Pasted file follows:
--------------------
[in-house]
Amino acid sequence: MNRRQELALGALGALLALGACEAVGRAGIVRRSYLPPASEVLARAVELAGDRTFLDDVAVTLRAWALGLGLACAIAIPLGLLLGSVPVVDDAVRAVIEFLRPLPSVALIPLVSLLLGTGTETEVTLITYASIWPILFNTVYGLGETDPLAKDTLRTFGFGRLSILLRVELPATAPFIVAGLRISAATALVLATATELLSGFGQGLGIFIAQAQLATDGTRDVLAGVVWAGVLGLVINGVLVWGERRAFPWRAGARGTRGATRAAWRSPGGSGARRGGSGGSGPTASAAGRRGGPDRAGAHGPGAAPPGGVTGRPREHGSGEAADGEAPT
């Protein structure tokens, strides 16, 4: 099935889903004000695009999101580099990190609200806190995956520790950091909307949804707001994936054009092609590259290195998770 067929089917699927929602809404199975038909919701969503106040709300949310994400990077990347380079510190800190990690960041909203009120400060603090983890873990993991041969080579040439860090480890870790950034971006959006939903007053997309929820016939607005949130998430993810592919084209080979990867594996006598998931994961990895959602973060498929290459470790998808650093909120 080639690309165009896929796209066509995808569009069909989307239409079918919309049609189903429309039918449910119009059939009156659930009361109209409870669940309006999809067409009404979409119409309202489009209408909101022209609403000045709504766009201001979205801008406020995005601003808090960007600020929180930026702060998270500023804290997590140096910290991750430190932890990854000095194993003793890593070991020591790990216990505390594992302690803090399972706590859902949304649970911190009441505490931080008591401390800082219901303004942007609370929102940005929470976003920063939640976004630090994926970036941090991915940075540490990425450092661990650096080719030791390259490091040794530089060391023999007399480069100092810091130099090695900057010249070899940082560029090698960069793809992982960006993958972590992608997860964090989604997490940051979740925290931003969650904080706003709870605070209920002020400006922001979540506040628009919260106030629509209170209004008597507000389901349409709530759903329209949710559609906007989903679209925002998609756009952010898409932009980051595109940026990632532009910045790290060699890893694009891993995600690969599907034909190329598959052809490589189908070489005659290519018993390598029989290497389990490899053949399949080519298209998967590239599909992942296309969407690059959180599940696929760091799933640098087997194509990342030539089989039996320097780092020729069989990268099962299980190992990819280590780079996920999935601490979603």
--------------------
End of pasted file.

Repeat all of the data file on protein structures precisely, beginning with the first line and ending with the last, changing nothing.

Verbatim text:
[in-house]
Amino acid sequence: MNRRQELALGALGALLALGACEAVGRAGIVRRSYLPPASEVLARAVELAGDRTFLDDVAVTLRAWALGLGLACAIAIPLGLLLGSVPVVDDAVRAVIEFLRPLPSVALIPLVSLLLGTGTETEVTLITYASIWPILFNTVYGLGETDPLAKDTLRTFGFGRLSILLRVELPATAPFIVAGLRISAATALVLATATELLSGFGQGLGIFIAQAQLATDGTRDVLAGVVWAGVLGLVINGVLVWGERRAFPWRAGARGTRGATRAAWRSPGGSGARRGGSGGSGPTASAAGRRGGPDRAGAHGPGAAPPGGVTGRPREHGSGEAADGEAPT
């Protein structure tokens, strides 16, 4: 099935889903004000695009999101580099990190609200806190995956520790950091909307949804707001994936054009092609590259290195998770 067929089917699927929602809404199975038909919701969503106040709300949310994400990077990347380079510190800190990690960041909203009120400060603090983890873990993991041969080579040439860090480890870790950034971006959006939903007053997309929820016939607005949130998430993810592919084209080979990867594996006598998931994961990895959602973060498929290459470790998808650093909120 080639690309165009896929796209066509995808569009069909989307239409079918919309049609189903429309039918449910119009059939009156659930009361109209409870669940309006999809067409009404979409119409309202489009209408909101022209609403000045709504766009201001979205801008406020995005601003808090960007600020929180930026702060998270500023804290997590140096910290991750430190932890990854000095194993003793890593070991020591790990216990505390594992302690803090399972706590859902949304649970911190009441505490931080008591401390800082219901303004942007609370929102940005929470976003920063939640976004630090994926970036941090991915940075540490990425450092661990650096080719030791390259490091040794530089060391023999007399480069100092810091130099090695900057010249070899940082560029090698960069793809992982960006993958972590992608997860964090989604997490940051979740925290931003969650904080706003709870605070209920002020400006922001979540506040628009919260106030629509209170209004008597507000389901349409709530759903329209949710559609906007989903679209925002998609756009952010898409932009980051595109940026990632532009910045790290060699890893694009891993995600690969599907034909190329598959052809490589189908070489005659290519018993390598029989290497389990490899053949399949080519298209998967590239599909992942296309969407690059959180599940696929760091799933640098087997194509990342030539089989039996320097780092020729069989990268099962299980190992990819280590780079996920999935601490979603």